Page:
More than half of Australian businesses anticipate declining sales and profits in the March quarter amid fears of a steep rise in unemployment leading executives to prepare for a tumultuous year ahead.
More than half of Australian businesses fear the next three months will be their toughest quarter yet amid fears of a steep rise in unemployment and declining sales and profits leading executives to prepare for a tumultuous year ahead.
The latest national Dun & Bradstreet Business Expectations Survey of 1,200 companies, released today, shows that 54 per cent of firms anticipate declining sales in the March 2009 quarter, while 59 per cent expect lesser profits.
Meanwhile 20 per cent of executives expect to have fewer staff in the March quarter than they did a year ago and 10 per cent of businesses expect to decrease capital investment.
D&B chief executive Christine Christian said the decline in confidence reflects the slowdown in consumer spending which has been noticed by 27 per cent of firms and the poor results experienced in the first three quarters of 2008.
Falling employment and capital investment expectations reveal the impacts of global and local economic conditions on Australian firms, she said.
"The challenges experienced by Australian firms in the second half of 2008 caused executive confidence to decline to levels not seen in the D&B survey since the 1990s," Ms Christian said.
"As a consequence of the marked slowdown in Australia's growth, the Reserve Bank cut the cash rate by a cumulative three percentage points between September and December 2008, the fastest ever loosening in monetary policy.
"Executives will be hoping that the loosening in monetary policy, government measures to address the financial crisis and the post Christmas sales will encourage spending throughout
2009. However regardless of the outcome of these measures, business activity will remain depressed in 2009."
Selling price expectations have reached the highest level ever recorded by the survey following a 30 per cent increase over the past nine months. Despite suggestions that inflation is coming under control as a result of the slowing economy, 79 per cent of executives indicate that they will raise prices in the March 2009 quarter.
Changing credit market conditions and a falling Aussie dollar continue to impact firms, with four in 10 businesses negatively impacted by the credit market and seven in 10 hurt by the dramatic fall in the value of the dollar since July.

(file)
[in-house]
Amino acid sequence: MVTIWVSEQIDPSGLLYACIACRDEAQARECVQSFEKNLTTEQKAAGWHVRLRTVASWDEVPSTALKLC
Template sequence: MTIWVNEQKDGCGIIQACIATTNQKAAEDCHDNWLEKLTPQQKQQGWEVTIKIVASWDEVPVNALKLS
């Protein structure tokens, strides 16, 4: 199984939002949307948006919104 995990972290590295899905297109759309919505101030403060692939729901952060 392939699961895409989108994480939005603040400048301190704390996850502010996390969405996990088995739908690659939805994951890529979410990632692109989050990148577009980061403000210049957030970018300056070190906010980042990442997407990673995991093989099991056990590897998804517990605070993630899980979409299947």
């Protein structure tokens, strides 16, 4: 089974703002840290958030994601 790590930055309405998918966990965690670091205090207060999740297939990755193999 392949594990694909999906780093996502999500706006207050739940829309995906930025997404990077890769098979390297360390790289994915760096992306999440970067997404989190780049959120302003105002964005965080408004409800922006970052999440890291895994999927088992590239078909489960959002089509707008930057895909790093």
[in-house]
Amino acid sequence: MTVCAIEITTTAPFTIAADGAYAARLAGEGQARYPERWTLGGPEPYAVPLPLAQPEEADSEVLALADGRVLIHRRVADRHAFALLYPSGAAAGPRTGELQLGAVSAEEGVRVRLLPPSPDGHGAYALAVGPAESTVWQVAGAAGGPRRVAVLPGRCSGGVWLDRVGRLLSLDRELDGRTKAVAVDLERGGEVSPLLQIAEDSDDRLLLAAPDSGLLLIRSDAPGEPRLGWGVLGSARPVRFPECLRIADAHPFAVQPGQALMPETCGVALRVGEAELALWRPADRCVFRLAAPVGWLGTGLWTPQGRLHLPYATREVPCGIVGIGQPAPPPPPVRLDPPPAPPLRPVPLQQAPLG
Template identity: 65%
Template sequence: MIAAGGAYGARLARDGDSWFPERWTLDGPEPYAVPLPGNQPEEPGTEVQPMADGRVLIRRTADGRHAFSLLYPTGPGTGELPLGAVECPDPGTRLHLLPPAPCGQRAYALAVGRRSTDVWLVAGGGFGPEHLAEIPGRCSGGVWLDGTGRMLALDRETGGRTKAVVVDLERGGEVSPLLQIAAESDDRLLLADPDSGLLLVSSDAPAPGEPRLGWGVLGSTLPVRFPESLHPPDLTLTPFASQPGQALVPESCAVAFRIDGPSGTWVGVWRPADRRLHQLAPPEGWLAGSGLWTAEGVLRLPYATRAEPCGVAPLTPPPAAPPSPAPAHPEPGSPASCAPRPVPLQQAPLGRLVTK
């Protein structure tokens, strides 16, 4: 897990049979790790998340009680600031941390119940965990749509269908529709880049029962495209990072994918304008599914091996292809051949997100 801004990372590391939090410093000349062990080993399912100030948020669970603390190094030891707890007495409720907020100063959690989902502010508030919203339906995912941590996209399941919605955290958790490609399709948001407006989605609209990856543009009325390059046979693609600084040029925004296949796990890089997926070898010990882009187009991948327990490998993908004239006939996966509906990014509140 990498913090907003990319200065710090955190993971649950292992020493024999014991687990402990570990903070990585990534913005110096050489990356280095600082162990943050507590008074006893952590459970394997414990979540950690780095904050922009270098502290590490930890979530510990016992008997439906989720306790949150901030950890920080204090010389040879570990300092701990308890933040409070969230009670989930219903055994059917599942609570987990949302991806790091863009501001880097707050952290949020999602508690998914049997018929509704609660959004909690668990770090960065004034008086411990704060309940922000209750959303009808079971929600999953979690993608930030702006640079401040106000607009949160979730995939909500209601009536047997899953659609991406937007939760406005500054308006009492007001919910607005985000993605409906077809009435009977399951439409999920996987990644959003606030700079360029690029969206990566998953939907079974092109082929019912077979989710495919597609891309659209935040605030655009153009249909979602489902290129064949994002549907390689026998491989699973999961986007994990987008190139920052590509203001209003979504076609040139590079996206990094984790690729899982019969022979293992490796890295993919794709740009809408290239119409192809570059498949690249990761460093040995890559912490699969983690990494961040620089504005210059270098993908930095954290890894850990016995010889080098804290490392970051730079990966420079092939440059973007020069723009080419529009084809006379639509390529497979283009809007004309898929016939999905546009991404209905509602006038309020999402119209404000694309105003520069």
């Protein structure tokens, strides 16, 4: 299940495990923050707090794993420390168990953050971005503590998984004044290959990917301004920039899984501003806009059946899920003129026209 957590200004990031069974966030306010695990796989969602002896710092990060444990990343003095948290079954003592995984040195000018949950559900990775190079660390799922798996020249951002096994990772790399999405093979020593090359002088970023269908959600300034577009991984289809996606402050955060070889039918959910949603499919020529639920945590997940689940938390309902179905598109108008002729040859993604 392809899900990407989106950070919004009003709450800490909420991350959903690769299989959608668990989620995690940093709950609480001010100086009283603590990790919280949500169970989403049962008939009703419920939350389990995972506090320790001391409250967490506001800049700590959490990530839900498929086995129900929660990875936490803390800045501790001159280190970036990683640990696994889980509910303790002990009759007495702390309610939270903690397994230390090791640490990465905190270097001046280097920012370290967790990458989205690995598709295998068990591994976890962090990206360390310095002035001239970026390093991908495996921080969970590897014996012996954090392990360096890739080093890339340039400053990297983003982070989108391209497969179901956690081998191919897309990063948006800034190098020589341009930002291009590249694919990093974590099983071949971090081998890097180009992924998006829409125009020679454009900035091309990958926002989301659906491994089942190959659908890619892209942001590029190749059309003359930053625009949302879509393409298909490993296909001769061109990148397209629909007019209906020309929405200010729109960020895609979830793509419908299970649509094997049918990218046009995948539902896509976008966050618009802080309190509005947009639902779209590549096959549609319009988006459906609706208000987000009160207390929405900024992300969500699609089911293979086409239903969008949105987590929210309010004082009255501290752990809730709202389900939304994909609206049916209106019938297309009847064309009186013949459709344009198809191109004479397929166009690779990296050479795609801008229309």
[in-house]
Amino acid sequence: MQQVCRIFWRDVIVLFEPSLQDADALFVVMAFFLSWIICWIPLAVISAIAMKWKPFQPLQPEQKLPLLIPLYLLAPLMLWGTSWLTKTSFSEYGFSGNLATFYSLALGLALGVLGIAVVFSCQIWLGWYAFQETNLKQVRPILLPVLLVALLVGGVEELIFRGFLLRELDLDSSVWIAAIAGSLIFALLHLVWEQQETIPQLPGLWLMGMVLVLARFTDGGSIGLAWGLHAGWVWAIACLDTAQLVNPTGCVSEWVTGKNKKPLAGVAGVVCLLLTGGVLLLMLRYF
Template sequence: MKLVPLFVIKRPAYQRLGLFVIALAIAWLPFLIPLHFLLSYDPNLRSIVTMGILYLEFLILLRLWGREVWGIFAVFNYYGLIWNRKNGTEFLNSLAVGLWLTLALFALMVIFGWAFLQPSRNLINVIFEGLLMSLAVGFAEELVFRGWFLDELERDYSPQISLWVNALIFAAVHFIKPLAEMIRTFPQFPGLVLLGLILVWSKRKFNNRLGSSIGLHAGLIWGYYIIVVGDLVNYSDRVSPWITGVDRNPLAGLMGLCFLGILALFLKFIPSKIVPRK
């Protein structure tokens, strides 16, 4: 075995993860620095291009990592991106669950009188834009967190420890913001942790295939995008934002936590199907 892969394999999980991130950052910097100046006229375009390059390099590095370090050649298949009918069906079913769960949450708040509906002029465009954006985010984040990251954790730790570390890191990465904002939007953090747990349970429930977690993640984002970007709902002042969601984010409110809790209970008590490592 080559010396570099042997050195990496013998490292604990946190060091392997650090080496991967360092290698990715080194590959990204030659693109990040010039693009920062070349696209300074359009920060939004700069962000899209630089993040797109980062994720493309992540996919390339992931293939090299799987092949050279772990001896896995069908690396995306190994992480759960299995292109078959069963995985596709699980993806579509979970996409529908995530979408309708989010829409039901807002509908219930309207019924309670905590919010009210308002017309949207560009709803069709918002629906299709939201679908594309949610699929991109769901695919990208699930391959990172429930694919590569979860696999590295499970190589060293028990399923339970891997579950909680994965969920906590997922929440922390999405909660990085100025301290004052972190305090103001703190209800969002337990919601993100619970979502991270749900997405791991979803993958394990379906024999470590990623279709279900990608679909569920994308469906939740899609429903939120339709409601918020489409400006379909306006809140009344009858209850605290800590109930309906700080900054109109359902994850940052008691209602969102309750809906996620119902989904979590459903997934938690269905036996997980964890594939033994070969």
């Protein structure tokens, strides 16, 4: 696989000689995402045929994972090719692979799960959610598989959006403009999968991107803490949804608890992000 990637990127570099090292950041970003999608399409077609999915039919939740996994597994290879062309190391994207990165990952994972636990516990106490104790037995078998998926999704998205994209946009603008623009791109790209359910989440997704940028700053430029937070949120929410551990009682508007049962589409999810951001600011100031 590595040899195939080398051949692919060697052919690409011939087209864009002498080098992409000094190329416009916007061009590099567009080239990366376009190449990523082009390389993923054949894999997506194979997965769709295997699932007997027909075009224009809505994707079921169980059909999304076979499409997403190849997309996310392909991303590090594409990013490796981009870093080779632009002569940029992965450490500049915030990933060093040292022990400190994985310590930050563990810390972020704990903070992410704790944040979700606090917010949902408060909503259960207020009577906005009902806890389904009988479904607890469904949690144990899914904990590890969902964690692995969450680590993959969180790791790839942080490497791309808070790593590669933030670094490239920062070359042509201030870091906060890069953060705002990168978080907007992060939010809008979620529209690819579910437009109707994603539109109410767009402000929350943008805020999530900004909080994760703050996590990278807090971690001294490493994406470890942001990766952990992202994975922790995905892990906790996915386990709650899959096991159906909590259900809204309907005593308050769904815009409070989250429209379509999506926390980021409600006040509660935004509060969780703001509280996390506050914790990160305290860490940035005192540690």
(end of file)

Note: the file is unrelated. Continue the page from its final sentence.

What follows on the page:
Wholesale businesses have reported the largest swing, with 43 per cent indicating a positive impact in July and 84 per cent now indicating that the dollar is negatively affecting their operations.
Recent downward movements in petrol prices are showing through, with an 89 per cent decline in the number of executives negatively affected by fuel costs since September. Just 4 per cent of firms now report a negative impact while 26 per cent report a positive affect.
Ms Christian said the challenges of late 2008 will continue, with activity remaining depressed and corporate investment falling in 2009.
Recent reductions in the official cash rate have shown through in a 12 per cent decline in executive concerns regarding interest rates since October. However, despite the decline, this issue remains the primary concern for executives in the March quarter.
Thirty-six per cent of firms indicate that interest rates will have the greatest impact on their business; this increases to 42 per cent for wholesale executives. Thirty-three per cent of executives anticipate that fuel prices will have the most significant influence on their operations in the March quarter, a decrease of 2 per cent since last month.
Meanwhile, wages growth concerns have increased by 2 per cent, with 16 per cent of firms now rating this issue as their primary concern.
D&B economic consultant Duncan Ironmonger said the slowing of Australia's economy may have further to go in 2009.
"The D&B survey indicates that 2009 will be a challenging year for Australian firms," Dr Ironmonger said.
"However, the federal government and Reserve Bank have acted promptly to stimulate economic growth and have indicated that they will do more as necessary throughout 2009.
"Although world growth is slowing sharply, lower oil prices are helping to contain household and business costs and the lower value of the Australian dollar is encouraging exports and domestic spending.
These factors, combined with new public infrastructure projects, will provide further stimulus to GDP growth in 2009."